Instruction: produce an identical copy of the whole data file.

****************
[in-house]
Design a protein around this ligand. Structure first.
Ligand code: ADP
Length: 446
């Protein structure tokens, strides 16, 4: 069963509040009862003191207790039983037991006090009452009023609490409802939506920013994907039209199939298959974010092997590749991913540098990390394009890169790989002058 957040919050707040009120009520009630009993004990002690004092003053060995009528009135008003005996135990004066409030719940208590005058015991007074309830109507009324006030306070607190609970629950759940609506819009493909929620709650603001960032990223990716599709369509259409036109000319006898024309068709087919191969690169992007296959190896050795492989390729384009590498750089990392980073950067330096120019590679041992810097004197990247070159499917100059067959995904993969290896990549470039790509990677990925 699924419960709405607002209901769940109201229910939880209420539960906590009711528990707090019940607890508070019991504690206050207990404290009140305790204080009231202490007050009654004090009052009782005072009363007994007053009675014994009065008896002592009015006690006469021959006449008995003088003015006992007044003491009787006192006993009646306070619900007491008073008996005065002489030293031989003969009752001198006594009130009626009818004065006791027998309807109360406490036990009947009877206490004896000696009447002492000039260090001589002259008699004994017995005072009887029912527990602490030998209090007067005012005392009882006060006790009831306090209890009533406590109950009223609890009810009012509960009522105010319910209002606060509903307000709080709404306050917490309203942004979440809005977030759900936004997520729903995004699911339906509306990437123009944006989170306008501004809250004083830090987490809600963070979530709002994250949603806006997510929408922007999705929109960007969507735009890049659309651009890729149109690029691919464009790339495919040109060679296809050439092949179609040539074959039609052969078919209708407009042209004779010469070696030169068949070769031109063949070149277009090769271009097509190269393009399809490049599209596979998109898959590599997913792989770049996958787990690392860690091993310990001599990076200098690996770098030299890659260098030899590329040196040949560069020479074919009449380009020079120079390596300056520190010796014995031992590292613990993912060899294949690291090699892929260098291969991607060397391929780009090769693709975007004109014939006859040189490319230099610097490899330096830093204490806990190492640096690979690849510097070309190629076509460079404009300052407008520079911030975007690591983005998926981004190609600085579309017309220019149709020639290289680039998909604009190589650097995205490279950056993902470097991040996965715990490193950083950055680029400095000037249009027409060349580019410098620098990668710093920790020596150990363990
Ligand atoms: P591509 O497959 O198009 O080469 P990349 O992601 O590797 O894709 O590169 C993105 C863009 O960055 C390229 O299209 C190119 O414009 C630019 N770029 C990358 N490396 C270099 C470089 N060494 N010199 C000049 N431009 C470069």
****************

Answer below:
[in-house]
Design a protein around this ligand. Structure first.
Ligand code: ADP
Length: 446
């Protein structure tokens, strides 16, 4: 069963509040009862003191207790039983037991006090009452009023609490409802939506920013994907039209199939298959974010092997590749991913540098990390394009890169790989002058 957040919050707040009120009520009630009993004990002690004092003053060995009528009135008003005996135990004066409030719940208590005058015991007074309830109507009324006030306070607190609970629950759940609506819009493909929620709650603001960032990223990716599709369509259409036109000319006898024309068709087919191969690169992007296959190896050795492989390729384009590498750089990392980073950067330096120019590679041992810097004197990247070159499917100059067959995904993969290896990549470039790509990677990925 699924419960709405607002209901769940109201229910939880209420539960906590009711528990707090019940607890508070019991504690206050207990404290009140305790204080009231202490007050009654004090009052009782005072009363007994007053009675014994009065008896002592009015006690006469021959006449008995003088003015006992007044003491009787006192006993009646306070619900007491008073008996005065002489030293031989003969009752001198006594009130009626009818004065006791027998309807109360406490036990009947009877206490004896000696009447002492000039260090001589002259008699004994017995005072009887029912527990602490030998209090007067005012005392009882006060006790009831306090209890009533406590109950009223609890009810009012509960009522105010319910209002606060509903307000709080709404306050917490309203942004979440809005977030759900936004997520729903995004699911339906509306990437123009944006989170306008501004809250004083830090987490809600963070979530709002994250949603806006997510929408922007999705929109960007969507735009890049659309651009890729149109690029691919464009790339495919040109060679296809050439092949179609040539074959039609052969078919209708407009042209004779010469070696030169068949070769031109063949070149277009090769271009097509190269393009399809490049599209596979998109898959590599997913792989770049996958787990690392860690091993310990001599990076200098690996770098030299890659260098030899590329040196040949560069020479074919009449380009020079120079390596300056520190010796014995031992590292613990993912060899294949690291090699892929260098291969991607060397391929780009090769693709975007004109014939006859040189490319230099610097490899330096830093204490806990190492640096690979690849510097070309190629076509460079404009300052407008520079911030975007690591983005998926981004190609600085579309017309220019149709020639290289680039998909604009190589650097995205490279950056993902470097991040996965715990490193950083950055680029400095000037249009027409060349580019410098620098990668710093920790020596150990363990
Ligand atoms: P591509 O497959 O198009 O080469 P990349 O992601 O590797 O894709 O590169 C993105 C863009 O960055 C390229 O299209 C190119 O414009 C630019 N770029 C990358 N490396 C270099 C470089 N060494 N010199 C000049 N431009 C470069």